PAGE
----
A report from New York following less extensive tests found studded tires did not cause significant pavement damage although the surface was scratched.

Much is claimed for a report from Finland, where studded tires have been used somewhat longer than here, which states the studs had not damaged paved roads there.

In general, the reports of tests received in evidence showed substantial decrease in required stopping distance and improvement in traction from use of studded tires on packed snow and ice but considerably less than testified to supra by Mr. Miller.

III. The trial court found as facts that when a studded tire is used within normal limits, not skidding or spinning, the studs will not protrude beyond the rubber surface *300 but recede into the tire and are not stationary; the intent of the legislature in enacting section 321.442 was to prohibit use of a tire with a fixed, rigid protrusion; use of studded tires will wear the highway surface faster than others, but their safety features are more beneficial than wear on the highways is detrimental.

As conclusions of law the court held that where language of a statute is of doubtful meaning or adherence to its strict letter would lead to injustice or absurdity it is the court's duty to ascertain the statute's true meaning; considering conditions existing when the law was adopted and the necessity therefor, effect should be given its spirit rather than its letter; the statute is constitutional but if the studded tire is prohibited thereby it would be unconstitutional under Bibb v. Navajo Freight Lines, Inc., 359 U.S. 520, 79 S. Ct. 962, 3 L. Ed. 2d 1003.

We must conclude the finding that the studs do not protrude beyond the rubber tread but recede into the tire when normally used lacks substantial support in the evidence and is contrary thereto. As before indicated, it appears the spikes protrude from the tread about 1/16 inch, only 30 to 40 percent of the protrusion recedes into the tire when the spikes come in contact with the paved surface and the remaining 60 to 70 percent stays protruded.

It is obvious plaintiff is in a difficult position in contending these spikes do not project "beyond the tread of the traction surface of the tire" while proclaiming the benefits from their use in stopping and traction on snow-covered and icy surfaces.

It is implicit in the trial court's conclusions of law that he regarded the language of section 321.442 as ambiguous and of doubtful meaning, thus justifying resort to what were thought to be proper rules of construction in order to determine legislative intent. The three Iowa precedents the court relied on and plaintiff cites involve statutory language found to be ambiguous and of doubtful meaning: Case v. Olson, 234 Iowa 869, 14 N.W.2d 717; Smith v. Sioux City Stock Yards Co., 219 Iowa 1142, 260 N.W. 531; Glass v. City of Cedar Rapids, 68 Iowa 207, 26 N.W. 75.

Nothing in the findings, conclusions or decree indicates what injustice or absurdity would result from adherence to what the court refers to as the strict letter of the statute.

IV. We cannot agree the language of section 321.442 is here ambiguous or of doubtful meaning. The language applicable to the present controversy is, "No tire * * shall have on its periphery any * * * protuberances * * * other than rubber which projects beyond the tread of the traction surface of the tire, except" for permissible use on farm machinery of tires having protuberances which will not injure the highway and use of tire chains when required for safety. We think too the evidence clearly shows a violation under this language.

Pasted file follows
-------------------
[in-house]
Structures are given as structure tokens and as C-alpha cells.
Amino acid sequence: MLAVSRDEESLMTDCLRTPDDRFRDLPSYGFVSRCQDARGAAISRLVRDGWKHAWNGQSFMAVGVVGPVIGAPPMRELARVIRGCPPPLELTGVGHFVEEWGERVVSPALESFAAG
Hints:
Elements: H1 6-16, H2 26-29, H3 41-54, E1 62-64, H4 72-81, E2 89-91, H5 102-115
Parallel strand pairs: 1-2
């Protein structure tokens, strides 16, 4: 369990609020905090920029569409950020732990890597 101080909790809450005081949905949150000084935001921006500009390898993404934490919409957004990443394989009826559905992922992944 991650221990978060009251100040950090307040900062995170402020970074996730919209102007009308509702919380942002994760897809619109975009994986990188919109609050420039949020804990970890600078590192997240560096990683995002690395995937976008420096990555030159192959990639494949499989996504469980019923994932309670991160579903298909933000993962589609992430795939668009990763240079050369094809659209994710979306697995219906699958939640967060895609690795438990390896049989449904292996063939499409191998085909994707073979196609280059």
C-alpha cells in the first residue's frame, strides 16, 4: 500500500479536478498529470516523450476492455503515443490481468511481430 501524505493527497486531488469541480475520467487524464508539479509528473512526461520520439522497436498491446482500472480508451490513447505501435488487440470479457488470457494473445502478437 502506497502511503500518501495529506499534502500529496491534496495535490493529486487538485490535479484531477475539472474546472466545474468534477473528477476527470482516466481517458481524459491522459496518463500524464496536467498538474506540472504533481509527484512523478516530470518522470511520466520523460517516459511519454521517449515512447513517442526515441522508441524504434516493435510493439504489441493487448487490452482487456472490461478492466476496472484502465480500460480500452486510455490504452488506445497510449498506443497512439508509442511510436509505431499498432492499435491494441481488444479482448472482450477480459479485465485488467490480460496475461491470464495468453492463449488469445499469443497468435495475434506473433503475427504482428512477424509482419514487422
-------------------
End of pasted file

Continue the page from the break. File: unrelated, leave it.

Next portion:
The statute seems to be as clear as words can make it. It should be held to mean what it says, not something it does not sayfor example, that the prohibited protrusions must be fixed and rigid or, as suggested in argument, that the vehicle must ride entirely on the studs so none of the rubber tread comes in contact with the road. If the statute is to be changed to say what plaintiff would have it say the change should be made by the legislature. It is not our function to do so under the guise of construction. Hindman v. Reaser, 246 Iowa 1375, 1379, 1380, 72 N.W.2d 559, 562, and citations; Mallory v. Jurgena, 250 Iowa 16, 21, 22, 92 N.W.2d 387, 390, and citations; Thompson Wholesale Co. v. Frink, 257 Iowa 193, 131 N.W.2d 779, 781.

When the language of a statute is so clear and free from ambiguity and obscurity that its meaning is evident from a mere reading there is no need for construction or search for its meaning beyond the language used. Jones v. Thompson, 240 Iowa 1024, 1036, 38 N.W.2d 672, 678, and *301 many citations. See also Michel v. State Board of Social Welfare, 245 Iowa 961, 964, 65 N.W.2d 89, 90; Lorentzen v. Deere Mfg. Co., 245 Iowa 1317, 1322, 66 N.W.2d 499, 502; State ex rel. Warrington v. School District, 247 Iowa 1167, 1172, 78 N.W.2d 86, 89; Hindman and Mallory opinions, supra.

The intent of the legislature in enacting this statute which is controlling here is to be gathered from the statute itself. It is our duty to give it the interpretation its language calls for and not to speculate as to probable legislative intent apart from the wording used. "`We do not inquire what the legislature meant. We ask only what the statute means.'" In re Guardianship of Wiley, 239 Iowa 1225, 1231, 1232, 34 N.W.2d 593, 596; Lever Brothers Co. v. Erbe, 249 Iowa 454, 469, 87 N.W.2d 469, 479, and citations; Hill v. Electronics Corp. of America, 253 Iowa 581, 587, 113 N.W.2d 313, 317, and citations.

Even in construing statutes courts search for the legislative intent as shown by what the legislature said, rather than what it should or might have said. This proposition is so well established that authorities need not be cited for it. Rule 344(f)13, R.C.P.

We have frequently pointed out it is not the province of courts to pass upon the policy, wisdom or advisability of a statute. Rath v. Rath Packing Co., 257 Iowa 1277, 136 N.W.2d 410, 414, and citations. They are questions for the legislature.